Was there any kind of sense of competition on set between the group?

The competition was, first of all, you see Sly [Stallone] – he’s in his sixties and he’s doing this. You better not complain [laughs]. You know what’s I’m saying? I better not saying nothing! And then you see the other guys and you don’t want to be the weak link and the only way to not be the weak link is to try and be above. So that’s where things start going like this [motions with his hands leveling one over the other]. Because nobody wants to be that guy. Timidity has no place in an Expendables movie [laughs]. You have to enjoy your moment. Don’t just have your moment and then be like, “Okay, don’t bother me.” There’s no way. “Humble” has no place here. Enjoy the camera! Let it love you! Take your moment! And that’s what I learned watching them. When you watch Bruce [Willis] and Sly and Arnold [Schwarzenegger] they enjoy their moments in the camera. They don’t shy away. And that’s what people want! You want Hale Caesar? I’ll give you Hale Caesar! I’ll give you Hale Caesar concentrated! Drink it! And put it down your throat! [laughs] To the point where it’s like, “Damn…” So that every little moment…because you never know what’s going to end up on the floor, you never know how much of the movie you’re going to get. But you know that if you gave your all on every little second you’re not going to be left behind. It’s gonna be good.

To talk a bit about approaching the character, in the first movie we meet Hale Caesar and learn that he’s a fan of the big guns and the big explosions, but this one we kind of get to see more of who he is. He has that scene when the group is camped out and we see that he’s kind of a chef! As an actor is it helpful to have those little details to sink your teeth into?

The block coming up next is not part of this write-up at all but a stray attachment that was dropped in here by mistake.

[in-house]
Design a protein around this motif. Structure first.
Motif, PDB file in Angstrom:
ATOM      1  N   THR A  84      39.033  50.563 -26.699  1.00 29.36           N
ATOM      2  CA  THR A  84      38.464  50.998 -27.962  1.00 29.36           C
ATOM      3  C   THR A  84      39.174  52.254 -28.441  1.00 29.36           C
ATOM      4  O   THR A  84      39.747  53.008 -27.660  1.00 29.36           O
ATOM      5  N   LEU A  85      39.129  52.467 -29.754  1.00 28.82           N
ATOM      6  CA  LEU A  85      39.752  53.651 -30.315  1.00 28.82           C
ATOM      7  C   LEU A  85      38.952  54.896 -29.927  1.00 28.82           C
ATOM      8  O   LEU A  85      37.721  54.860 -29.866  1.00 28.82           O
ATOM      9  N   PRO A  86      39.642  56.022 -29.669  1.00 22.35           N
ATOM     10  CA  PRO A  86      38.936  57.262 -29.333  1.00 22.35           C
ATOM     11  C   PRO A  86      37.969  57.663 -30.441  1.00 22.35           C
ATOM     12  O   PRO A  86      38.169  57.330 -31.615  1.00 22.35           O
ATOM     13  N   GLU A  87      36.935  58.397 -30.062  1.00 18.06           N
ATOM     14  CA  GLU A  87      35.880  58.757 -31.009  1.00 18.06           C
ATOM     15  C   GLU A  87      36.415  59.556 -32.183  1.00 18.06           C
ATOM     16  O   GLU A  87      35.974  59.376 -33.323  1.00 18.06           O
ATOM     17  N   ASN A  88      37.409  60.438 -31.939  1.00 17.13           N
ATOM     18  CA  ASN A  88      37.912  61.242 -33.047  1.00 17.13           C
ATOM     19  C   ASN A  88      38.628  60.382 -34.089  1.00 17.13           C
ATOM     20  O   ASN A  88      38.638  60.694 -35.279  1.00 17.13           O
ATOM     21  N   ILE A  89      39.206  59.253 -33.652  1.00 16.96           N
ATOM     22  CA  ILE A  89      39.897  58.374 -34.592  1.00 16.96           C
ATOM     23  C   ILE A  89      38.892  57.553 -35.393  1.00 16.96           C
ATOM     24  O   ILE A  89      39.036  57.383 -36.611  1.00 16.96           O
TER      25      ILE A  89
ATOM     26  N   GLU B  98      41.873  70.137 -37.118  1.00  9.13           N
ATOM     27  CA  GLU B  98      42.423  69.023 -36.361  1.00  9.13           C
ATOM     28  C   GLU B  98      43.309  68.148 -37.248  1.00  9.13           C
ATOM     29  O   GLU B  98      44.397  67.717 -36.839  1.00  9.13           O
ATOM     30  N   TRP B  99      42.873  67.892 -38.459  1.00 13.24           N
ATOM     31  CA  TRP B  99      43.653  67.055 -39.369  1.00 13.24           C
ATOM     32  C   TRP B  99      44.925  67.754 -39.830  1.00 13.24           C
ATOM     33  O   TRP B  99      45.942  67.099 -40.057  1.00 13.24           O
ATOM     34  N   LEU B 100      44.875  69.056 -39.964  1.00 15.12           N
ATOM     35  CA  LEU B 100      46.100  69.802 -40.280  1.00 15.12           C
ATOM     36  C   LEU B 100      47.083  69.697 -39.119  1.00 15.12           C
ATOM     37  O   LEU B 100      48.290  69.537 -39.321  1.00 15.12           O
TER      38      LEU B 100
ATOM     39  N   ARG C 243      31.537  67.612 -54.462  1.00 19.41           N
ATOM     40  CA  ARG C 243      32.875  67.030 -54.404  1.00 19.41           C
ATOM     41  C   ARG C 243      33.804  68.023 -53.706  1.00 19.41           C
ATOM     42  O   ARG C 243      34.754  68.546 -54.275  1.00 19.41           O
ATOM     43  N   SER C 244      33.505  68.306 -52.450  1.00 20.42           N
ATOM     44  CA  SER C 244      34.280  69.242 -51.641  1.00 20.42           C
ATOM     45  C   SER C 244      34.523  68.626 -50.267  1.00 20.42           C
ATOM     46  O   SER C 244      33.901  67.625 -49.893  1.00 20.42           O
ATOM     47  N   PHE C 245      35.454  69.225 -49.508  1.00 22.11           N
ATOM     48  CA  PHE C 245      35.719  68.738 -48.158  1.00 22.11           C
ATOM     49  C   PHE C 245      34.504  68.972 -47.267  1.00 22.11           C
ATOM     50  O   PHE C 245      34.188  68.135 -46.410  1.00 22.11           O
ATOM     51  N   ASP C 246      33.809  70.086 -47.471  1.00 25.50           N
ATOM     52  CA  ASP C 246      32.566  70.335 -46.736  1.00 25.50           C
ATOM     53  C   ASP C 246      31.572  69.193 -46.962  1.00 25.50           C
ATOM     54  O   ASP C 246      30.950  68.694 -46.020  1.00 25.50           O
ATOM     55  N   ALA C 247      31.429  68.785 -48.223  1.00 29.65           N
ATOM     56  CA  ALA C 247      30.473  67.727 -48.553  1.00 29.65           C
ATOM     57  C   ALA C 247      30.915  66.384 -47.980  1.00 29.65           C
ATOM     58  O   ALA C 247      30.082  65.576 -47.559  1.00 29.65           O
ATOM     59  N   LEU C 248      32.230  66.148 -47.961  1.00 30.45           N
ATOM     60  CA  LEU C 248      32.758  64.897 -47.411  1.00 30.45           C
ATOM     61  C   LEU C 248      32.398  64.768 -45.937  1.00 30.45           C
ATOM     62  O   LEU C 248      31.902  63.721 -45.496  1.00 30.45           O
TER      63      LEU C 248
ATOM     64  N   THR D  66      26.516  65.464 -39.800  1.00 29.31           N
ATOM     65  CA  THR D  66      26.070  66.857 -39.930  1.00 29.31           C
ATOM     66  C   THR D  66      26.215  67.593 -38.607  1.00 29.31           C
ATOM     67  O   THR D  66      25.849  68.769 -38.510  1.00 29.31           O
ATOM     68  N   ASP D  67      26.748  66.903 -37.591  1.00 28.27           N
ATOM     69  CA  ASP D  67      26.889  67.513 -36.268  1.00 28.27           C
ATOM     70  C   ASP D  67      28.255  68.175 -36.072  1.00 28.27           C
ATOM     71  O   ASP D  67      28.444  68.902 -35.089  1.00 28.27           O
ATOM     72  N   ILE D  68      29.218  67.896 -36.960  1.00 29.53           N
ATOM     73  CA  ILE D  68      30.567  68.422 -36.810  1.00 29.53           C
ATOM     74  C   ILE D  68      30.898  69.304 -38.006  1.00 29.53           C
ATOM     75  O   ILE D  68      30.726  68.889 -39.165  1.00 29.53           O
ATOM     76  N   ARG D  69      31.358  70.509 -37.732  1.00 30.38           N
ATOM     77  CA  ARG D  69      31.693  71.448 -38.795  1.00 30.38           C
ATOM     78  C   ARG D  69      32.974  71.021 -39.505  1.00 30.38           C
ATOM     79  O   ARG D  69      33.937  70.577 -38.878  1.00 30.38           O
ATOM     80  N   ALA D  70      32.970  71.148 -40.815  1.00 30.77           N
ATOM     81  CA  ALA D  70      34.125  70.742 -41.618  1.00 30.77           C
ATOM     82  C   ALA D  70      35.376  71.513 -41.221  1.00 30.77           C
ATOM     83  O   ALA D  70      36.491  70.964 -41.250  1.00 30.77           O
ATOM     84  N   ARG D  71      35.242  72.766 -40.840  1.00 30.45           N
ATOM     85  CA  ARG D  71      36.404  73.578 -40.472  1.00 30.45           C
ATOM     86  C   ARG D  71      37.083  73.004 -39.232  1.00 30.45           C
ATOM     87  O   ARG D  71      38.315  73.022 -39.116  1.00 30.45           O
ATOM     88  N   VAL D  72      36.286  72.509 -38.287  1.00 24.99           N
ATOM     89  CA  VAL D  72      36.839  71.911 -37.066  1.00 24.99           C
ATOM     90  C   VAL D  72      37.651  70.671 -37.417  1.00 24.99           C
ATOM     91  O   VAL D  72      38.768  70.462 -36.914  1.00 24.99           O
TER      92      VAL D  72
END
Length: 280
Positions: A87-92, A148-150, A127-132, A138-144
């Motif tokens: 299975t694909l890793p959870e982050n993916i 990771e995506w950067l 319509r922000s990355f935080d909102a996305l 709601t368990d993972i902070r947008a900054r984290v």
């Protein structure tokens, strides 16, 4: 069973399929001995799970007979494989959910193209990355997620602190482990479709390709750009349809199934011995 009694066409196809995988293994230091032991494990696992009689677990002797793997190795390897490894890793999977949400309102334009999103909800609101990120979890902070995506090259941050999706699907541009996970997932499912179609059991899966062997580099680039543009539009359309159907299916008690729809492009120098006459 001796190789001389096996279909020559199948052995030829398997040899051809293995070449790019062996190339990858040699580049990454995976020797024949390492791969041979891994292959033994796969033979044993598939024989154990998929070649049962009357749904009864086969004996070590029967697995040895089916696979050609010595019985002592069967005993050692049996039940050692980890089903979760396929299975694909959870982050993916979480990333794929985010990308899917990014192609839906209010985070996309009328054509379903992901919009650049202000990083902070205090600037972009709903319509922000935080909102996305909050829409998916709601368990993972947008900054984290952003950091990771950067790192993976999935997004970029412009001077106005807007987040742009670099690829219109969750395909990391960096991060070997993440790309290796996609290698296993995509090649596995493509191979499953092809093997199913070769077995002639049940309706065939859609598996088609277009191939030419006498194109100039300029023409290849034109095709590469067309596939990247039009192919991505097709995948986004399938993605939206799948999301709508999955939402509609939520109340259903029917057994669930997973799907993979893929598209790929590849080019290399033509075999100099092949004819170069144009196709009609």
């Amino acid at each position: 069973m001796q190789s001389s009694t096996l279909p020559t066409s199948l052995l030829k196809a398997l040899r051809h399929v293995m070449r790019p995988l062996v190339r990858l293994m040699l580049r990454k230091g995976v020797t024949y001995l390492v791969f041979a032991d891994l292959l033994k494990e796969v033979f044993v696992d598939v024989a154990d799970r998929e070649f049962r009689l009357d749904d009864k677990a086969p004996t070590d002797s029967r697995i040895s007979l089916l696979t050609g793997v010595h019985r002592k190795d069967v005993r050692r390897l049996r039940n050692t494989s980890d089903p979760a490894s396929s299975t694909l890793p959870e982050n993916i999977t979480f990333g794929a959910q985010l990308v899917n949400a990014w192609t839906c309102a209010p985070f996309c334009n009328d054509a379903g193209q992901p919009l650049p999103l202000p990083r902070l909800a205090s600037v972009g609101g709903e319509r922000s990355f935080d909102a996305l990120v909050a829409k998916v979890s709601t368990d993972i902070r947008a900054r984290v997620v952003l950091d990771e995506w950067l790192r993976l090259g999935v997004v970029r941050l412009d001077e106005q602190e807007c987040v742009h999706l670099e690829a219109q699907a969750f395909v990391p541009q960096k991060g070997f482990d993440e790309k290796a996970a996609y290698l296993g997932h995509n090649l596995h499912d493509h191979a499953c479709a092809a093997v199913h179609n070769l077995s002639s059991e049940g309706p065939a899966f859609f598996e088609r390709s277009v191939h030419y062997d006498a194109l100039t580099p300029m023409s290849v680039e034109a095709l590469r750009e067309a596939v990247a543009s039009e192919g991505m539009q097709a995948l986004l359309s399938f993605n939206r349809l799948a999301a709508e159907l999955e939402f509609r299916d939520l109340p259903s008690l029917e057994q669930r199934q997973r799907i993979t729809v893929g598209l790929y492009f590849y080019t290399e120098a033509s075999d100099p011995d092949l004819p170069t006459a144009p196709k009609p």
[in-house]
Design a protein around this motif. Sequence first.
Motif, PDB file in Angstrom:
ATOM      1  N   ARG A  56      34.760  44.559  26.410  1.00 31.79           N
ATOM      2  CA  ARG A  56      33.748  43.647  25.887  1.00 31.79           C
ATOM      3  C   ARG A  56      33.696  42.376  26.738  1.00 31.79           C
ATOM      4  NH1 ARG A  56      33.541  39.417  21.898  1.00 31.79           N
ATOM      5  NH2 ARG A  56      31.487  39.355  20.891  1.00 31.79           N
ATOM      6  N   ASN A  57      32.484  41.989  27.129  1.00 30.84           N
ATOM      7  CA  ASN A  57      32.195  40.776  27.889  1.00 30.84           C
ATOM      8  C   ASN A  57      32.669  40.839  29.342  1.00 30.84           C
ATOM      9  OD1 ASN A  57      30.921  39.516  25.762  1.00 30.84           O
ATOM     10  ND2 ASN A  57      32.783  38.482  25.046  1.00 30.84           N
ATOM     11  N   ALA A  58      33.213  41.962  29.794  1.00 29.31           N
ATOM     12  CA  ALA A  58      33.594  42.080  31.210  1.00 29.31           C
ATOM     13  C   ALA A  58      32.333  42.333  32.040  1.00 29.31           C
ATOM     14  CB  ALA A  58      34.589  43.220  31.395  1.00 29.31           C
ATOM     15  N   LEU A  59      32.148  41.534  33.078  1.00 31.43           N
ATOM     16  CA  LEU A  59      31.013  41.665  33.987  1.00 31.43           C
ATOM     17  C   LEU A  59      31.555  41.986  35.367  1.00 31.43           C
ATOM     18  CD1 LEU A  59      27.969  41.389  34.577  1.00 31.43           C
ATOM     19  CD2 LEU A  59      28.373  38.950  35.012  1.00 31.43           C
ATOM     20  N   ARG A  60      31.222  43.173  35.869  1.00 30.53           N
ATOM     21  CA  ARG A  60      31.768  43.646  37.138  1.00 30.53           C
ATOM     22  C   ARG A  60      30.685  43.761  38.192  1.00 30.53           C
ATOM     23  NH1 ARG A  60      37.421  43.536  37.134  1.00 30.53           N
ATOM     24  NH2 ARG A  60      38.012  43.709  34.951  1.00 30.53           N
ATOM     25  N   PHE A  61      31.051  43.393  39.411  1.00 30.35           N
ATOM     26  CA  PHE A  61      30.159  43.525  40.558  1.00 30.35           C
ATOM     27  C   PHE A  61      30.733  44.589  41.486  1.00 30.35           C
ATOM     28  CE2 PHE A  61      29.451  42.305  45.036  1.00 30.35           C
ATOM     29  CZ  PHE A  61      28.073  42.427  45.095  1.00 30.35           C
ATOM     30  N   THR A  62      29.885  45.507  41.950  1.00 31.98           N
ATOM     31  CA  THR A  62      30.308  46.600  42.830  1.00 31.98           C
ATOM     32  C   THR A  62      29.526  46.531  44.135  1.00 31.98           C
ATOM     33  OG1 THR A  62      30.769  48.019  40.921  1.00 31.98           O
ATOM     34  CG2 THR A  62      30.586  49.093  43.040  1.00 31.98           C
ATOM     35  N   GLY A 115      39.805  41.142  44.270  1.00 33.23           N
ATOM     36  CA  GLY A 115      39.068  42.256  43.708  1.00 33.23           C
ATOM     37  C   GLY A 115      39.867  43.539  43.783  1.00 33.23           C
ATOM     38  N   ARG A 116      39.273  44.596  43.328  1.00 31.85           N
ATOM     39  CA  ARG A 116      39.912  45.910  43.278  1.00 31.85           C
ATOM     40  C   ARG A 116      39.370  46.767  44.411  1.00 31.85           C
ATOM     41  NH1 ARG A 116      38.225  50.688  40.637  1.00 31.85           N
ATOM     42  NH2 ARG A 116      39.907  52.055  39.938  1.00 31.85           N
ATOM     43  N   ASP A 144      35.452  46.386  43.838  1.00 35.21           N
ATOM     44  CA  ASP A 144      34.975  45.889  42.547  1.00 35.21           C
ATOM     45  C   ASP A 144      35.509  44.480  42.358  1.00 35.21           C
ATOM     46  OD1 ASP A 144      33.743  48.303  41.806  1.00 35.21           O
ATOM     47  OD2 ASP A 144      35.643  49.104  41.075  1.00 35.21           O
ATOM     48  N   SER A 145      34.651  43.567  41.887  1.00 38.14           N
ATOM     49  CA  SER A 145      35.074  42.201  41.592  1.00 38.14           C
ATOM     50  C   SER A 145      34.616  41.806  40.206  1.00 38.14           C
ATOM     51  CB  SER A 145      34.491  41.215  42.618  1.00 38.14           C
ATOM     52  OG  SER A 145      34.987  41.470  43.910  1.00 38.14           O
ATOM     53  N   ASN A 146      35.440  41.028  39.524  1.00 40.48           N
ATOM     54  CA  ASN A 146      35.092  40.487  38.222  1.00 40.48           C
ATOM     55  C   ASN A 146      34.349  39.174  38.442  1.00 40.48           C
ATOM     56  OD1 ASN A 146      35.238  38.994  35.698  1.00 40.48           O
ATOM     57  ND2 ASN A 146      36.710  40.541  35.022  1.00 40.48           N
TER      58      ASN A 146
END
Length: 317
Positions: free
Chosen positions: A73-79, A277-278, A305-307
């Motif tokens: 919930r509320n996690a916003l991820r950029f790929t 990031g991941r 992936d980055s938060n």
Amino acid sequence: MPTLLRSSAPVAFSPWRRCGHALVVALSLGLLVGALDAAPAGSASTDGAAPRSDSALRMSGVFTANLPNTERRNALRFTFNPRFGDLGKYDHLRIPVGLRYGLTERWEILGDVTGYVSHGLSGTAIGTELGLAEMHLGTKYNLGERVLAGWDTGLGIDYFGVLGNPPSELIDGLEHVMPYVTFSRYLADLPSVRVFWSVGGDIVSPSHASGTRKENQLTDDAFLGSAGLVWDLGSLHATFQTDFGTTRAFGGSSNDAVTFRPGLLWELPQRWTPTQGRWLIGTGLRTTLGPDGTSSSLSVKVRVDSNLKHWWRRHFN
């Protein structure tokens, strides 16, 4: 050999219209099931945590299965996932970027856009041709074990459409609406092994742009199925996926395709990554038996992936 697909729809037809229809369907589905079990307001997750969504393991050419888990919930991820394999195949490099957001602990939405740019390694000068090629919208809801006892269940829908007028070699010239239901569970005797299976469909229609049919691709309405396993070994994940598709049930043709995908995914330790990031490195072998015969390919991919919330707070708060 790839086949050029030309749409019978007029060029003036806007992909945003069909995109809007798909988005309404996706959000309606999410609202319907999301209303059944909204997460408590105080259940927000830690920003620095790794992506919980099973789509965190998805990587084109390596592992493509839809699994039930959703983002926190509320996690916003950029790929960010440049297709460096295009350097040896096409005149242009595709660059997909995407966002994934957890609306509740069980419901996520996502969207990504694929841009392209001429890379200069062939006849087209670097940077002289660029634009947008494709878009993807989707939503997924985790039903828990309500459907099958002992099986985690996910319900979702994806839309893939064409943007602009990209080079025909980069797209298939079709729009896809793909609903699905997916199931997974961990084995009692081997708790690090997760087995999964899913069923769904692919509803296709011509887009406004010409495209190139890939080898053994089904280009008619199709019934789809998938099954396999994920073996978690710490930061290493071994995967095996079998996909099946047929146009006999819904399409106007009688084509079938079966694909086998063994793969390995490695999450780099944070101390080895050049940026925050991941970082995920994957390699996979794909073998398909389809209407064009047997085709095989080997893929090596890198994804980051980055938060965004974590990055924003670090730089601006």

It’s awesome because in the first one our whole persona was, “badass.” “We’re badass mercenaries, we’re doing this, we’re going to get them…” And this time when you see that rapport in the pizzeria, we’re talking about our least meal, the whole thing… people finally see us without our gear and they get to sit down with us and enjoy who we are as people. And they go, “I like you. I like you!” And it’s weird because Sly is a brilliant magician. A ride like this is a ride – it’s like an amusement park. It has to be funny and it has to be scary at the same time. It’s a weird dynamic so that you feel every emotion so that when it’s done. “Woo! I want to do that again!” It takes you all the way through. This is the movie Sly really wanted to make when he had the chance. Nothing was left behind, everybody gave 300%, and it was refreshing. So even the comedy was a lot funnier than the first one.

And you do a lot of comedy work in addition to the action stuff. Are you trying to kind of get a joke or two in there? Is there any kind of improv?